With the spread of book groups and interactive reviewing sites, not to mention continuing pressure of literary high priests like George Steiner and Alberto Manguel, the art of reading is in better shape now than it was during most of the last century. Which is not to say that it is in good shape. Look at many of the common expressions used to recommend books – “a page turner”, “I read this book at a sitting”, “I defy anyone to put this book down” – and the assumption emerges that the ideal book is one which takes the reader by force, drags him through from start to finish , fired solely by the desire to know what happens next: and then vanishes from his mind, in readiness for the same thing to happen all over again with the next book.
Whether or not by conscious design, this is the notion of reading preferred by the publishing industry; with the author as the producer of something appetizing, and the public as its insatiably guzzling consumer.
This has nothing to do with the art of reading: a process in which the reader figures as the author’s partner rather than his receptacle; and in which the reader goes to books to exercise his own capacity to discover meaning and beauty in the world, rather than to have it fed to him by some superior talent. Some books are designed to encourage this approach to the written word. At the top end of the scale one example would be Manguel’s A Reading Diary which consists of parallel accounts of the world events of 2002 spliced into an account of what Manguel was reading at the time – so that literature and living feed into one other.
At the opposite end of the scale – in terms of literary experience – is Michael Major’s Kafka – for our time. Mr Major is introduced as a “working-class man” who, never having heard the name of Franz Kafka, happened to come across Kafka’s Before the Law and became so engrossed in that story that he was driven to put down on paper what it meant to him, and then went on to devour another 23 Kafka stories and equip them with the “Interpretations” which now appear in his own book.
Kafka is a darling of academe. But the point of such writings – ignited by the flint-spark contact between text and reader – is not whether they carry any academic credentials, and still less whether or not they are “right.” Their justification is the basic raison d’etre of the whole reading transaction: do these words carry any meaning for me; if so what is that meaning?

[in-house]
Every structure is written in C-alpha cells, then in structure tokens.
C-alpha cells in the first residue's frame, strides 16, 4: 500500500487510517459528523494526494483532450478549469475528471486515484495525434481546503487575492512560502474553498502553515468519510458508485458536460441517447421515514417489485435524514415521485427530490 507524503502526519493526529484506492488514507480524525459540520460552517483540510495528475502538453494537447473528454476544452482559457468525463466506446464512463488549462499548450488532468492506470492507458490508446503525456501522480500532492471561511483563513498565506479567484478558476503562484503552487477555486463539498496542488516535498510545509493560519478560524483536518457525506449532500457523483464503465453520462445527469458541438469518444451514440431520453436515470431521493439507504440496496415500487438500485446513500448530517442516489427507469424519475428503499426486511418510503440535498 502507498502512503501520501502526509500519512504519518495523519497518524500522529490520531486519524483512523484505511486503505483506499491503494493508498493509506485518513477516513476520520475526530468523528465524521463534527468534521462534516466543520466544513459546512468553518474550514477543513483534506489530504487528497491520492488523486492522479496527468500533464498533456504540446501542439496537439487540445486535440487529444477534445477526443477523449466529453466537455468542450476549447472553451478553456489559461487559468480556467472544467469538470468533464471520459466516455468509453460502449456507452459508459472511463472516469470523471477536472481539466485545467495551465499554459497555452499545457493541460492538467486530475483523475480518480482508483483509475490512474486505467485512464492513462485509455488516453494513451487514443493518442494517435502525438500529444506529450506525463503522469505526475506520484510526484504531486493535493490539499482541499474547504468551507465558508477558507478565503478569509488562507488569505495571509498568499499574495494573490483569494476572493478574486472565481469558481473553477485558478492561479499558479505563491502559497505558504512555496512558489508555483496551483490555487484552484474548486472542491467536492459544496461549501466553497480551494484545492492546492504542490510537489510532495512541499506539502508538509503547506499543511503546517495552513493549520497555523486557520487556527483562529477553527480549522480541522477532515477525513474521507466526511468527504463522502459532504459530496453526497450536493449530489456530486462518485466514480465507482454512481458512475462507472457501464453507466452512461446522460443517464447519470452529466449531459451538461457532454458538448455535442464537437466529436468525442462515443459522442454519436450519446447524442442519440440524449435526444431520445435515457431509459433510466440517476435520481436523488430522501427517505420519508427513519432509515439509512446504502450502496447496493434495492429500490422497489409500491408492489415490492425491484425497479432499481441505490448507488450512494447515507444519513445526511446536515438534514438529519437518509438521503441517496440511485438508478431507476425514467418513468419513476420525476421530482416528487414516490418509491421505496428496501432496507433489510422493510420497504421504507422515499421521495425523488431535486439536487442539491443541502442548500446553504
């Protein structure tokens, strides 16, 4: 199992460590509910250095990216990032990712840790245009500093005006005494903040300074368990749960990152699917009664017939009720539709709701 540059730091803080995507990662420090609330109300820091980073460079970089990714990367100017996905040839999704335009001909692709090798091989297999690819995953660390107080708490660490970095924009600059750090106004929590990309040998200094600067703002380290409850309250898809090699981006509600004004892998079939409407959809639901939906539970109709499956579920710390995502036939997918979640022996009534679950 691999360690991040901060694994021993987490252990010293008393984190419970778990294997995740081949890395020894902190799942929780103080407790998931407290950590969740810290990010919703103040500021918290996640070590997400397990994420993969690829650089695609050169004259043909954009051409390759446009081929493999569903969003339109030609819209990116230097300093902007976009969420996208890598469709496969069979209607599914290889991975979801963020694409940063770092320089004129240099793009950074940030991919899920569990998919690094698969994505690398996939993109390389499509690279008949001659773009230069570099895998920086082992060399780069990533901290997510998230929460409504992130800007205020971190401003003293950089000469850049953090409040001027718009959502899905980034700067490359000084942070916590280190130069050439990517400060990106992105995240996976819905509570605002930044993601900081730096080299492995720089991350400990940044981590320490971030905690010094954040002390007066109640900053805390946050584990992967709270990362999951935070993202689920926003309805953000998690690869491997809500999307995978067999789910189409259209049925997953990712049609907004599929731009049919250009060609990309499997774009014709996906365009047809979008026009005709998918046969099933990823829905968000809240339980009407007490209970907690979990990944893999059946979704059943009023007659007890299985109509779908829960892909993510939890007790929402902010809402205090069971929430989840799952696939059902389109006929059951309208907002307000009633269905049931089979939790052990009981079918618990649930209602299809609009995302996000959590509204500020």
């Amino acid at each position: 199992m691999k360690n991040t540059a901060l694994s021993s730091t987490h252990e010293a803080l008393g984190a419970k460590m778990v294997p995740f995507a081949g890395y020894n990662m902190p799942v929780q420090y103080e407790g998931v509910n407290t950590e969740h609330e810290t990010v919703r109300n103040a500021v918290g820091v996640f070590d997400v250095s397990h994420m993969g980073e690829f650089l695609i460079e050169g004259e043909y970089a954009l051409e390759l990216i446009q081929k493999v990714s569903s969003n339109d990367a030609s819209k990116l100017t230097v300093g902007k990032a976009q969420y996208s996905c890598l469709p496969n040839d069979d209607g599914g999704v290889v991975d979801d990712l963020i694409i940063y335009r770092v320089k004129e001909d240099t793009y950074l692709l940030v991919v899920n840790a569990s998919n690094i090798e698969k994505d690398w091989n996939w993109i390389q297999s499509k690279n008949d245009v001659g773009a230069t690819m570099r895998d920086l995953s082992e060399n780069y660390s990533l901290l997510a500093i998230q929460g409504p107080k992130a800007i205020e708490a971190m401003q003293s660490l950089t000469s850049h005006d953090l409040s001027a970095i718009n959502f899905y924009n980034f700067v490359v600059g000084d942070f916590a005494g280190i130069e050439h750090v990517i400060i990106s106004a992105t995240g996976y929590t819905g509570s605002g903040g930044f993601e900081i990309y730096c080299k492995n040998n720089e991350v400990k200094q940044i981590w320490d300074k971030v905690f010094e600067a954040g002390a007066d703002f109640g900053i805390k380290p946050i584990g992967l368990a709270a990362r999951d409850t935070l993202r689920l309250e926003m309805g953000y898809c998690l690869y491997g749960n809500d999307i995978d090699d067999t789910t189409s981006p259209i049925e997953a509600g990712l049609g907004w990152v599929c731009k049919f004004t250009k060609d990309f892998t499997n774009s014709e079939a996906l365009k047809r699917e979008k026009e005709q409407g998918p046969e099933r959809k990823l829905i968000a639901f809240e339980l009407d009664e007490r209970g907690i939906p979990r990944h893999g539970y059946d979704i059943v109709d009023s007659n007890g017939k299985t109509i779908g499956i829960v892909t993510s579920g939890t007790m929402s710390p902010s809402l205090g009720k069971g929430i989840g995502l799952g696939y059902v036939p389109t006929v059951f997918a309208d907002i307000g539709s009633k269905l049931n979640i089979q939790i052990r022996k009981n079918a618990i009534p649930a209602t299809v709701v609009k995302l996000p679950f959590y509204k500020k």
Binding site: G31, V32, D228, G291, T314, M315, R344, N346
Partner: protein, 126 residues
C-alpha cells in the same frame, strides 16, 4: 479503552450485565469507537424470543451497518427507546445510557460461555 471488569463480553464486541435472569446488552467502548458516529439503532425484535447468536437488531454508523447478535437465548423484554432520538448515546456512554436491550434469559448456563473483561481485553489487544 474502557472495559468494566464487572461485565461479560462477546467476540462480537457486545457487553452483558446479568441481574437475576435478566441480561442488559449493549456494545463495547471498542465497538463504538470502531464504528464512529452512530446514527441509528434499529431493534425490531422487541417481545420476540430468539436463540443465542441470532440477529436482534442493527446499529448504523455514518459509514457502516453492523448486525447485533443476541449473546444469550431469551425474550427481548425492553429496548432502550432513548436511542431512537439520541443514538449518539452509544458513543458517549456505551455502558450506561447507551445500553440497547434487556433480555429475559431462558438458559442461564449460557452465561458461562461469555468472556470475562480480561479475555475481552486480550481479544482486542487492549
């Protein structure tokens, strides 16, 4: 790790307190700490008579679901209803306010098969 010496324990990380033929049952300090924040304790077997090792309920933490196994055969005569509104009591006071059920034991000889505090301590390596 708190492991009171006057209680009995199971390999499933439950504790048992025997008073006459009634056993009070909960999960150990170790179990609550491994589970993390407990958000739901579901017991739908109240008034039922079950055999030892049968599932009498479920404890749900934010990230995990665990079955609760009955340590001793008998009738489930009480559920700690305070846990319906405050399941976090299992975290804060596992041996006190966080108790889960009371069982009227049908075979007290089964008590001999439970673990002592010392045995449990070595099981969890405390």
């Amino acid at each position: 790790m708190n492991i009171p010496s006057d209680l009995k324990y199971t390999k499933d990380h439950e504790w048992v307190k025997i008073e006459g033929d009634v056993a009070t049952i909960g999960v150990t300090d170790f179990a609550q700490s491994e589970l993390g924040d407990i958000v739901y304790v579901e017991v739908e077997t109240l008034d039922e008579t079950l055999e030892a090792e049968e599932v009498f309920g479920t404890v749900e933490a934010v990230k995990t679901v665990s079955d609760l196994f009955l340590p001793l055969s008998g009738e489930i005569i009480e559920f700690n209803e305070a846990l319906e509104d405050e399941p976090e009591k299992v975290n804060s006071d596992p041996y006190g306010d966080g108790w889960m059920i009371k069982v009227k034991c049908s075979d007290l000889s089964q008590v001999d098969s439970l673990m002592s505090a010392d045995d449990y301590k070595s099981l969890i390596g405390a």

The best known recent example of this transaction is that of Samuel Beckett: another “difficult” and academically revered artist, whose work escaped the official cultural apparatus and became beloved among the wretched of the earth – victims of apartheid, prisoners on death row – because it had a meaning which they understood better than any Professor of Beckett Studies.
In the case of Mr Major’s book, numerous academically familiar images appear – the man waiting for his whole life at a gate that will admit him to the law; the man who awakens to find himself transformed into an insect; the idealists who set out to build a tower to the heavens, only to fall into strife between themselves over who was to be in control. There are also less familiar but equally resonant figures: such as that of Poseidon, god of the sea, who leads the life of a drudging bureaucrat; or Bucephalus, Alexander’s war horse now turned lawyer since that is where the power lies; or Sancho Panza, a man of the earth who nevertheless needs his “demon” Don Quixote, to lead him to places that his common sense would never have envisaged .
On these and other perpetually astonishing products of that matchless Central European imagination, Mr Major has points to make that make you pause and put the book down (it is emphatically not a page turner).
On some of them you could quibble. Too much space, I think, goes on finding Kafka’s own family and literary life reflected in his fiction and parables. But even here, it is never in doubt that this is an important meaning to Mr Major; as is every insight he has to offer. There are no bright ideas in this book. Only ideas that hold weight for the writer and help him to proceed with the business of living. That is what I gratefully take away with me from this act of reading.